By Paresh Dave and Arjun Panchadar
SAN FRANCISCO (Reuters) - Google owner Alphabet Inc reported first-quarter sales and profit Monday that topped financial analysts' estimates due to strong ad sales and a change in accounting for investments in startups, sending its shares up about 1 percent after hours.
The results eased concerns that investment in new ventures beyond its core search business was undermining Alphabet's outlook. There also were no immediate signs that rising global privacy concerns would affect profits.
"The strong economy has companies spending more on advertising and we have an ongoing migration from traditional types of media advertising to greater online and social media-based advertising," said analyst Ivan Feinseth from Tigress Financial Partners. "Google continues to dominate both mobile and desktop search," he added.
Worldwide sales increased to $31.1 billion, above the average analysts' estimate of $30.3 billion, according to Thomson Reuters I/B/E/S. Still, operating income margins dropped to 22 percent from 27 percent a year ago.
Alphabet's profit margins have fallen in recent quarters as it ramps up costly new projects in cloud computing and hardware at its core Google unit, and despite spending cuts on an unprofitable set of ancillary initiatives known as "other bets."
Overall, quarterly profit of $9.4 billion, or $13.33 per share, exceeded estimates of $6.56 billion, or $9.28 per share, according to Thomson Reuters I/B/E/S. About $3.40 of the earnings per share were attributable to a new accounting method for unrealized gains in Alphabet's investments in startups such as Uber Technologies Inc [UBER.UL].
Excluding the investment-related gains and other items, adjusted earnings were $9.93 per share, topping the $9.28 per share consensus. Alphabet's effective tax rate dropped to 11 percent from 20 percent a year earlier.
Revenue from ads sold by Google rose as advertisers pursued slots on its search engine, YouTube video service and millions of partner apps and websites.
Investor appetite for Alphabet has been weakened by a combination of cost and regulatory concerns as officials across the world seek to force changes in Google's business practices, such as giving customers more control over privacy of their data. Shares had fallen nearly 3.5 percent this year until a swift pre-earnings rebound last week.
U.S. lawmakers initially sought to question Google alongside rival Facebook Inc at a hearing this month on how British data analysis firm Cambridge Analytica was able to acquire data on unwitting Facebook users.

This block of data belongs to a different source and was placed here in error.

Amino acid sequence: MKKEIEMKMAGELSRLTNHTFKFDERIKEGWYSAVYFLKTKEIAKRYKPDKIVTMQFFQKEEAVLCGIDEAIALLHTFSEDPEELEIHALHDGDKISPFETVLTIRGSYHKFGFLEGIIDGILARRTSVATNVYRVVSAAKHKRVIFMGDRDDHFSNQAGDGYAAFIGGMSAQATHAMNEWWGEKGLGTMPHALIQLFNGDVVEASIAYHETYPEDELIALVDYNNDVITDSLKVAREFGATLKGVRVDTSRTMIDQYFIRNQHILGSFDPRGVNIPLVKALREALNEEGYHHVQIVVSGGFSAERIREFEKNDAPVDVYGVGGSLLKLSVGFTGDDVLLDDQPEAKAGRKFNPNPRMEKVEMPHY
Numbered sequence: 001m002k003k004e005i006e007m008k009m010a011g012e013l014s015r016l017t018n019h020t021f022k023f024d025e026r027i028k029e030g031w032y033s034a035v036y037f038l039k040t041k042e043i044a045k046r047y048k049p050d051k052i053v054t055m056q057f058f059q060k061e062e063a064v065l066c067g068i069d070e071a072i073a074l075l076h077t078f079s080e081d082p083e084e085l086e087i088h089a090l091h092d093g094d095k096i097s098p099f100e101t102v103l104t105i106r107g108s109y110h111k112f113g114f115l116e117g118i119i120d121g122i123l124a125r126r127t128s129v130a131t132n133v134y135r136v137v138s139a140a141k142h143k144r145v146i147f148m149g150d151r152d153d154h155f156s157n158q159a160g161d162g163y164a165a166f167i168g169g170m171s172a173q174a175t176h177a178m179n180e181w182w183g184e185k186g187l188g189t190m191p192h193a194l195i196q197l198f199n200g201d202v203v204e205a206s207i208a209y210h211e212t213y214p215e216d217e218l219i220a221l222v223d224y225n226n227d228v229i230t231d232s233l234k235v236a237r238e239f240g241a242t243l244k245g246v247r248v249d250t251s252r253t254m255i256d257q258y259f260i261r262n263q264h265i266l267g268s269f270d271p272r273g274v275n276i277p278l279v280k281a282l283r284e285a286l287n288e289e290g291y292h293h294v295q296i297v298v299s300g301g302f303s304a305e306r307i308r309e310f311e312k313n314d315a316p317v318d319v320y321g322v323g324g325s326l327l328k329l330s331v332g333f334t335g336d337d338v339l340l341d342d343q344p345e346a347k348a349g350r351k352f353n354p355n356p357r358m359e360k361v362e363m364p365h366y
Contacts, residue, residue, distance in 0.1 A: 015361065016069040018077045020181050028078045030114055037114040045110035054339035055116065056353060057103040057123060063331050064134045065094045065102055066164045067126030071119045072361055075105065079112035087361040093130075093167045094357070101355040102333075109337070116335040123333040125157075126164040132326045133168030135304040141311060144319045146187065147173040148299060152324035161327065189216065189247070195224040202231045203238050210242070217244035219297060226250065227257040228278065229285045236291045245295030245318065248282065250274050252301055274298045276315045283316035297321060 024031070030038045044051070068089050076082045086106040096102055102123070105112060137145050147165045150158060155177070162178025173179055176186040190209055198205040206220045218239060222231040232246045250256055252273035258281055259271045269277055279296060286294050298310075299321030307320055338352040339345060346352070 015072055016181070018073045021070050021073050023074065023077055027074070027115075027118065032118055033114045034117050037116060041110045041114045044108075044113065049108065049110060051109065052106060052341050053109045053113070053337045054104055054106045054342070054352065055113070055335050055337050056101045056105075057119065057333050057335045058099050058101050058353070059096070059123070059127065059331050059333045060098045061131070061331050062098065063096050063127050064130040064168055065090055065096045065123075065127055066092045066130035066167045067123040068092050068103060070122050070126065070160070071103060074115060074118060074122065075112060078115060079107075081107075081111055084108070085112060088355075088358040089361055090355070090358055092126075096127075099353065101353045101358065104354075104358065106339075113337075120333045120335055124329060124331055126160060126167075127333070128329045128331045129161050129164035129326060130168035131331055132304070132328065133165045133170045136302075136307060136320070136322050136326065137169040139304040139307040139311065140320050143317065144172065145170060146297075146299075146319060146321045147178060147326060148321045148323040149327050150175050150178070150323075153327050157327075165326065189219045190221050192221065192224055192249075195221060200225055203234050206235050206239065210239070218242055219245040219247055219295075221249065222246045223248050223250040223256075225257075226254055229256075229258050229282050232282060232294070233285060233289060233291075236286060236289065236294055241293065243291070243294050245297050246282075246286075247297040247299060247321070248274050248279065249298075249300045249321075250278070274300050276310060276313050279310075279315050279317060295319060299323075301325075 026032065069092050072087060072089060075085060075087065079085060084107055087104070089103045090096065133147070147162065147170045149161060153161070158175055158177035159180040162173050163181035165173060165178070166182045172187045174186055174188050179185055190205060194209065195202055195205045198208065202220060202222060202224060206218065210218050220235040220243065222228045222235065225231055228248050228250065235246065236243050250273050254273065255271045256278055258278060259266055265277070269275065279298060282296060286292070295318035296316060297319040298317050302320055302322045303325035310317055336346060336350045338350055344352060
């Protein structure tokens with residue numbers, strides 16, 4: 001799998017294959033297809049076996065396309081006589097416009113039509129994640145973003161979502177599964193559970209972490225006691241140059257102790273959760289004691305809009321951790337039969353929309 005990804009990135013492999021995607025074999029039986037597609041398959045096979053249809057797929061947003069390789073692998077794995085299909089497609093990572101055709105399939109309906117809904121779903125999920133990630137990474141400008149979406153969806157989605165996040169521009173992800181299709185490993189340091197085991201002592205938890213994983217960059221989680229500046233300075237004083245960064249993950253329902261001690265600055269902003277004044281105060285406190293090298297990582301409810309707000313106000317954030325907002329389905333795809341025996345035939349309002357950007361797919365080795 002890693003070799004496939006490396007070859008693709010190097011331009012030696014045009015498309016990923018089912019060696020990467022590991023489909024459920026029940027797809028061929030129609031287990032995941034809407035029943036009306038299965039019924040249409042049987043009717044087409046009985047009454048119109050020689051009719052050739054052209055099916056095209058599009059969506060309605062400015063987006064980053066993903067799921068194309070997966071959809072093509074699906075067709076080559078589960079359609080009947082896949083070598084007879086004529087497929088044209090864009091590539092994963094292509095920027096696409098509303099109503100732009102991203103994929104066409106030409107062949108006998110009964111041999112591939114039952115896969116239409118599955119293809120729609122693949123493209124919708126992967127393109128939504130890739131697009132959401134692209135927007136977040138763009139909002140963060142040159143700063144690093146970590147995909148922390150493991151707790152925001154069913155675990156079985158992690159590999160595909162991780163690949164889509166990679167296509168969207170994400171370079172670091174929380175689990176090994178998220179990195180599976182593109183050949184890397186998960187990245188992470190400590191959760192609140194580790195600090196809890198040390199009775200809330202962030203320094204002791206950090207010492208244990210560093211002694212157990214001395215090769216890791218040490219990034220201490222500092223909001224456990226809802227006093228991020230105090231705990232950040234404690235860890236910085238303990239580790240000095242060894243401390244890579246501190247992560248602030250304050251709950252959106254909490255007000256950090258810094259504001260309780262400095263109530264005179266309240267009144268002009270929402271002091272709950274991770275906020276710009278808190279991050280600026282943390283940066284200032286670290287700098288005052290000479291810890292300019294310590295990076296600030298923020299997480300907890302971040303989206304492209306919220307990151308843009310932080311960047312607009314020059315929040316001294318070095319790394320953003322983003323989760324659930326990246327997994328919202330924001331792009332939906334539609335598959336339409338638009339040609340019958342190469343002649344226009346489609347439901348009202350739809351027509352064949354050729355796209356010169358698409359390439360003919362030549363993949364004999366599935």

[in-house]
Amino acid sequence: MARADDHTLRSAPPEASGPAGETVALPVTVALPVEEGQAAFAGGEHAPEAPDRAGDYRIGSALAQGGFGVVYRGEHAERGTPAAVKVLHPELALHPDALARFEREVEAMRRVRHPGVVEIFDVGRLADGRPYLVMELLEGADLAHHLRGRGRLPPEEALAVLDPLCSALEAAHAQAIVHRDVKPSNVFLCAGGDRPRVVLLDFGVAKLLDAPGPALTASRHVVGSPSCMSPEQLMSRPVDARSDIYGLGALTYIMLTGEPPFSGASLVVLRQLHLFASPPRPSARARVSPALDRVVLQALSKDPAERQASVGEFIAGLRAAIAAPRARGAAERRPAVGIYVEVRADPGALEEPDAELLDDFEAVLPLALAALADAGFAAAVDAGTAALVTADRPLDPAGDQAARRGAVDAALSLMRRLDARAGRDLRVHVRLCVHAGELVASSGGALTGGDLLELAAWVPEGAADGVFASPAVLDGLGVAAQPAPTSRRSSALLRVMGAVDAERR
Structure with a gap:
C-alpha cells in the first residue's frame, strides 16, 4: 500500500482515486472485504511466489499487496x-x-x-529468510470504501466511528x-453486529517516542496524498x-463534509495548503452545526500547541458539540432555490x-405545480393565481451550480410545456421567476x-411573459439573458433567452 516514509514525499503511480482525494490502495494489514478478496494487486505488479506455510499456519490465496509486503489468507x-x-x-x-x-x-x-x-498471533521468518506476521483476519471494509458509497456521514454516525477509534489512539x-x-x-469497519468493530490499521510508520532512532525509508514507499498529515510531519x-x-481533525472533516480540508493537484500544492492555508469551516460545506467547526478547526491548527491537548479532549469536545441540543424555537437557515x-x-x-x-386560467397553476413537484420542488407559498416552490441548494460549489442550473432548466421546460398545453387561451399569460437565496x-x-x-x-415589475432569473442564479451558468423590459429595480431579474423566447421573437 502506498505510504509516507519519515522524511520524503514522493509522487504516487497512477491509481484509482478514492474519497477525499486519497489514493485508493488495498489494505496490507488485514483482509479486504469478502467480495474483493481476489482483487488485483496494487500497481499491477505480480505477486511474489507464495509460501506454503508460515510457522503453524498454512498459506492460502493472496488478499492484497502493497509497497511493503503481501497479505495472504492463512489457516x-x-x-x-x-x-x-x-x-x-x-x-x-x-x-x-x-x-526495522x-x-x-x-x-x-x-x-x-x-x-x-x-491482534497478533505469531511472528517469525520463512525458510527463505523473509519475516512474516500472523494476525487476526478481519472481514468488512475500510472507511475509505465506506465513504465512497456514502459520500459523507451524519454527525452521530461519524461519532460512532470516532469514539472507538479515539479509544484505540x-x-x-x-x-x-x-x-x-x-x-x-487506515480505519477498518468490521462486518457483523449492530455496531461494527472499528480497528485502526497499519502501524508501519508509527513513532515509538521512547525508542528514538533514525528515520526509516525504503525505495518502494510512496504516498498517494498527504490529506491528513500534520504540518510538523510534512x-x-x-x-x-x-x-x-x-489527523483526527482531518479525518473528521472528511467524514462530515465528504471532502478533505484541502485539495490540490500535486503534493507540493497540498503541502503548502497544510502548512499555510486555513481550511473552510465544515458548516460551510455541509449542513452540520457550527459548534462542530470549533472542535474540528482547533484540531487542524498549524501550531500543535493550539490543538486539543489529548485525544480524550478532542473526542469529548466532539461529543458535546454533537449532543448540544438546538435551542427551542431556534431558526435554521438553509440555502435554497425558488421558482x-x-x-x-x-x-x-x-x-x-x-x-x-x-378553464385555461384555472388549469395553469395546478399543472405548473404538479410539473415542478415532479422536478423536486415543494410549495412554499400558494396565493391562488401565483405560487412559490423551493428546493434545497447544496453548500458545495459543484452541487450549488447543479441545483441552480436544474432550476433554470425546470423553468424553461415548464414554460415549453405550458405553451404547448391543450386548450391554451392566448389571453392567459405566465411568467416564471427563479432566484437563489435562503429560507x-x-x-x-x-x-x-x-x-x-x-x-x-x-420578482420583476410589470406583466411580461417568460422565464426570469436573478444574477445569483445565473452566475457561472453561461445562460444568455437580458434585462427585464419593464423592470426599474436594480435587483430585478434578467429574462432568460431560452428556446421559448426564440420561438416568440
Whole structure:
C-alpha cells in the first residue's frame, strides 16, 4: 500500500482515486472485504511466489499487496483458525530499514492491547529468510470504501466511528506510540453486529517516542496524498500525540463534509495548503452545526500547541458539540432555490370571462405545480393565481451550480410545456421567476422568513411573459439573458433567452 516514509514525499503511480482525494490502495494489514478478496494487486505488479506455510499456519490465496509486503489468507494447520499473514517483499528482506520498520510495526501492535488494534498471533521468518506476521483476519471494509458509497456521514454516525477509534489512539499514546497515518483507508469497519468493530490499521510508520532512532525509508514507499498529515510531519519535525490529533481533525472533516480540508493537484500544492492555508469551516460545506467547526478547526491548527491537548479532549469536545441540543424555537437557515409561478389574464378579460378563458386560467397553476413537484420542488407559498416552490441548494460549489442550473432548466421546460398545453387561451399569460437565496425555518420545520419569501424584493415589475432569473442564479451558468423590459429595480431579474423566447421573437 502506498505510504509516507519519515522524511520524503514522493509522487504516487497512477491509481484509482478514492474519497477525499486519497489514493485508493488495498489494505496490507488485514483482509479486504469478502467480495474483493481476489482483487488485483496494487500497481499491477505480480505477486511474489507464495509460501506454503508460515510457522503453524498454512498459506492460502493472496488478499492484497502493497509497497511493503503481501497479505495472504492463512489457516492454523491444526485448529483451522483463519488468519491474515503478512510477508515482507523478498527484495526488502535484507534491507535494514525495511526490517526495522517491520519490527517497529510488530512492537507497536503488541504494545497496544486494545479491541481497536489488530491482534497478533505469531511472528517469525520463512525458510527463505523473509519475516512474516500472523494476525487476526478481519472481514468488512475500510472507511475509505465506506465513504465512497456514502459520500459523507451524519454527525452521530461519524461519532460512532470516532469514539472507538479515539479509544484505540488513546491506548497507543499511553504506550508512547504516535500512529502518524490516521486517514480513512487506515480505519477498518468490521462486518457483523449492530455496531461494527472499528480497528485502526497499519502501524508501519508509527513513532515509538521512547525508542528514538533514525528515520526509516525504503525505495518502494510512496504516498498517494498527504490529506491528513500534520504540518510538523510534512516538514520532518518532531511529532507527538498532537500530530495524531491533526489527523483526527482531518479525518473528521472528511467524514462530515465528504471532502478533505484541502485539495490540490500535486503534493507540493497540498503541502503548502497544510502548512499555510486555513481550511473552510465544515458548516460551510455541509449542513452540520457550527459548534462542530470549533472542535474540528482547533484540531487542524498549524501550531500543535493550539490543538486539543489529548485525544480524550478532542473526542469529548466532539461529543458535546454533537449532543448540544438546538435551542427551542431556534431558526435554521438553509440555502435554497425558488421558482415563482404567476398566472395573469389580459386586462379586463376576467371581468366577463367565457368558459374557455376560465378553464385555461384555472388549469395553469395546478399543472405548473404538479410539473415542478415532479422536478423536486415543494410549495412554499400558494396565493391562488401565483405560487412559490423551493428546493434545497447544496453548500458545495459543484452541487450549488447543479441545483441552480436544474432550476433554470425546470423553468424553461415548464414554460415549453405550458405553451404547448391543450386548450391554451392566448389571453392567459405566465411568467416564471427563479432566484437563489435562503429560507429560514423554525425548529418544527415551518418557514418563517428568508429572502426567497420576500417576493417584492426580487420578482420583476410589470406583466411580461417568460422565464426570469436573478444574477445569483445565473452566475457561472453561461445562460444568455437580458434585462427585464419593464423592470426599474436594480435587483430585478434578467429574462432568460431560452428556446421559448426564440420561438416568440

Google was later excused. But analysts who follow the company have said Google may not escape European Union regulators, which plan to begin enforcing a new data privacy law next month. It could prompt more users to reject receiving personalized ads online, costing Google a few billion dollars in annual sales, said Brian Wieser, a senior analyst at Pivotal Research.
Advertisers also may limit ad-buying this year while sorting out their own compliance with the new European policy, known as General Data Protection Regulation, he said.
Still, any pullback would be temporary because of the effectiveness of Internet advertising compared with declining media such as print and broadcast, analysts say. Alphabet's first-quarter results again showed that advertisers' attraction to Google's powerful systems in particular is strong, which could help it rebound from any privacy setbacks.
Google also revealed smart thermostat maker Nest generated about $726 million in revenue in 2017. Financial results for the Alphabet division had not been released since its acquisition in 2014, but they were provided to investors Monday as it integrates into the Google unit.
UBS analyst Eric Sheridan estimated last week that Nest would contribute $490 million in revenue this year to Google.
Revenue from Google's mobile app store and growth priorities such as cloud computing services and consumer devices was $4.4 billion in the first quarter.
The operating income margin fall reflected the acquisition of 2,000 employees in Taiwan for $1.1 billion from HTC Corp.
Google also saw cost increases from moving up when it awards equity to employees and acquiring streaming rights for its YouTube TV offering.
Executives have said some costs will moderate this year.
Alphabet’s non-operating income jumped in the first quarter compared with a year ago because of new accounting rules that require it to record estimates of the value of its investments in startups such as Uber and Airbnb Inc. Previously, Alphabet reported income from startup investments once it had opportunity to sell them.
(Reporting by Paresh Dave and Arjun Panchadar; Editing by Lisa Shumaker and Peter Henderson)